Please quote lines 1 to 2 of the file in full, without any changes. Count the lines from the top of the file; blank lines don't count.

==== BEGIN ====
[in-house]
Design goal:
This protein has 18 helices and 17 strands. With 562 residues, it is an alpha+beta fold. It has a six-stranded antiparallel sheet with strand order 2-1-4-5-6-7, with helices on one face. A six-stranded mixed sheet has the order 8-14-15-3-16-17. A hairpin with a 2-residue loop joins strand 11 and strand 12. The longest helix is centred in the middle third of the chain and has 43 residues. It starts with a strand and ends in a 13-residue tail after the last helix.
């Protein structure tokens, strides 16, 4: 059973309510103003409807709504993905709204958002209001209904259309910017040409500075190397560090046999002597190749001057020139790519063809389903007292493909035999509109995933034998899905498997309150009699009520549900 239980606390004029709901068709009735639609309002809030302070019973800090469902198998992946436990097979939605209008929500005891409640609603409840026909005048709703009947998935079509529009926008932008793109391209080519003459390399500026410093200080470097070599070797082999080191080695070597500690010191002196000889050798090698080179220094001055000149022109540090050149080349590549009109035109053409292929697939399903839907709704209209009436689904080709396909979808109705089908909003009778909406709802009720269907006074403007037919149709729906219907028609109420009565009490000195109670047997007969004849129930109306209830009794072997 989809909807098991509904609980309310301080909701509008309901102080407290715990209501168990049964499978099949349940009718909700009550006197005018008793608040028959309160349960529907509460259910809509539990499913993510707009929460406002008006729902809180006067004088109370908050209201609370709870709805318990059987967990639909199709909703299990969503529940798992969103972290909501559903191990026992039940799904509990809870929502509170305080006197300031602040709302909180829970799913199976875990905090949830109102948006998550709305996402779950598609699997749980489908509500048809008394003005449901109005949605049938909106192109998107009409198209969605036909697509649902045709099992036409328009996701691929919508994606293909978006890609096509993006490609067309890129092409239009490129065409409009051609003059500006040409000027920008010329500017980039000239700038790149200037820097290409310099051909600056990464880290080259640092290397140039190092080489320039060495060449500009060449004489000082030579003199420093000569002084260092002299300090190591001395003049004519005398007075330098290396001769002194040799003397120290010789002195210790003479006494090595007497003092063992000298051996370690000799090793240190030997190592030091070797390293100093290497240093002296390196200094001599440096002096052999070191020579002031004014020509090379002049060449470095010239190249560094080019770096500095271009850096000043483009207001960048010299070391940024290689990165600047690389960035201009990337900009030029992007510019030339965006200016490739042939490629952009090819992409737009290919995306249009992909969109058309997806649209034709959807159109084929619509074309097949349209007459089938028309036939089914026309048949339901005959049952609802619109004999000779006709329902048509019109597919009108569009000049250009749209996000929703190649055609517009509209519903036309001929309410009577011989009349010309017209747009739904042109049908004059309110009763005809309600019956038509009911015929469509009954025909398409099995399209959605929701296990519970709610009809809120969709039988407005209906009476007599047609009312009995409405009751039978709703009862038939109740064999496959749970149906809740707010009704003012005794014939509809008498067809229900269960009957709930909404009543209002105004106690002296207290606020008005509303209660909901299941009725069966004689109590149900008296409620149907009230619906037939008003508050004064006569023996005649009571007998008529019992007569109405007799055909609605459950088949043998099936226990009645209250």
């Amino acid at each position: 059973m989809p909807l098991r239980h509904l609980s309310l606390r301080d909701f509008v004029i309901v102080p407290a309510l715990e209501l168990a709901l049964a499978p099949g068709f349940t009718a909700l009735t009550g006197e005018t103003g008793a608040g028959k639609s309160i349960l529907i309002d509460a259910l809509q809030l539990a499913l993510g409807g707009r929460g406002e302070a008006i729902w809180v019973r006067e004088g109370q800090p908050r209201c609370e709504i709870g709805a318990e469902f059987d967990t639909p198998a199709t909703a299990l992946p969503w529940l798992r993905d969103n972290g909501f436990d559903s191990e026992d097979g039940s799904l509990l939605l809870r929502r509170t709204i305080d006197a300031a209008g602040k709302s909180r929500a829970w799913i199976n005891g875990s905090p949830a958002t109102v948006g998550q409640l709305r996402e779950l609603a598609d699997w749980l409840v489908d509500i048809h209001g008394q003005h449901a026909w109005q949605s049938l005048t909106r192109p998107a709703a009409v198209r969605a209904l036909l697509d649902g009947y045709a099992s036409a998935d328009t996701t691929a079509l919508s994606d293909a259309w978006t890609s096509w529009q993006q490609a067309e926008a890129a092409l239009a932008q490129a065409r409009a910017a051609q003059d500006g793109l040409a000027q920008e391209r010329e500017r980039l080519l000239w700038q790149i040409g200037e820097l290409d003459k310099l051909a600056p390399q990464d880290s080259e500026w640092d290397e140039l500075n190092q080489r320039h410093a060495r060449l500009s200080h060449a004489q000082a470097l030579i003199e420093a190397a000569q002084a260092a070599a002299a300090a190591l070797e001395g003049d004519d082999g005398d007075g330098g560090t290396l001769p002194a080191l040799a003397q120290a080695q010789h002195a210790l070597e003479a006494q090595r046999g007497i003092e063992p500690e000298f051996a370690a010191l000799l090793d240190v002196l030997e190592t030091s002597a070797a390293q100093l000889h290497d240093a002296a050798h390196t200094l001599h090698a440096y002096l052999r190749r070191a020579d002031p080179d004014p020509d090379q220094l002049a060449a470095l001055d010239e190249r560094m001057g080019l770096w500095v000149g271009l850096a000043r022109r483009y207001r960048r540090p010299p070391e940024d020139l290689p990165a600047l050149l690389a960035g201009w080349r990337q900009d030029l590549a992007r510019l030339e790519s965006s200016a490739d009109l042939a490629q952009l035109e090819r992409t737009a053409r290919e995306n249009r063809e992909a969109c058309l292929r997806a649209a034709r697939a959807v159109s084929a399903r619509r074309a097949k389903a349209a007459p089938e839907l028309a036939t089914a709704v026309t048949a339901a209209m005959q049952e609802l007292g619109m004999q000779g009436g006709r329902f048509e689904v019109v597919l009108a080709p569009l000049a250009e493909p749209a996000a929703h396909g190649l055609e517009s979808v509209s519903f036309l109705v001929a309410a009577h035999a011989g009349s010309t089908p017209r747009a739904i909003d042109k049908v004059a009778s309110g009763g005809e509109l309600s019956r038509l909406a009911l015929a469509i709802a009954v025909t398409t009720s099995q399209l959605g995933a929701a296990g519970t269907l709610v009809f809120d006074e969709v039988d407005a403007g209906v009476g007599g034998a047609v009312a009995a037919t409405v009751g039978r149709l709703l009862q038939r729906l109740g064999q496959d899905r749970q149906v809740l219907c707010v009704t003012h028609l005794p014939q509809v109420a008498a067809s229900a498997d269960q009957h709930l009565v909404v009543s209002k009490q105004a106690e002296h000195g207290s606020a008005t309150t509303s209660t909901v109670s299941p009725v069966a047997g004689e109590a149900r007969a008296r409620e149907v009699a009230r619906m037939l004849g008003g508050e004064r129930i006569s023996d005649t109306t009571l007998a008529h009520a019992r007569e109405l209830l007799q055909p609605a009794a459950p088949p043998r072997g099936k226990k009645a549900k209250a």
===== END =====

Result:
[in-house]
Design goal: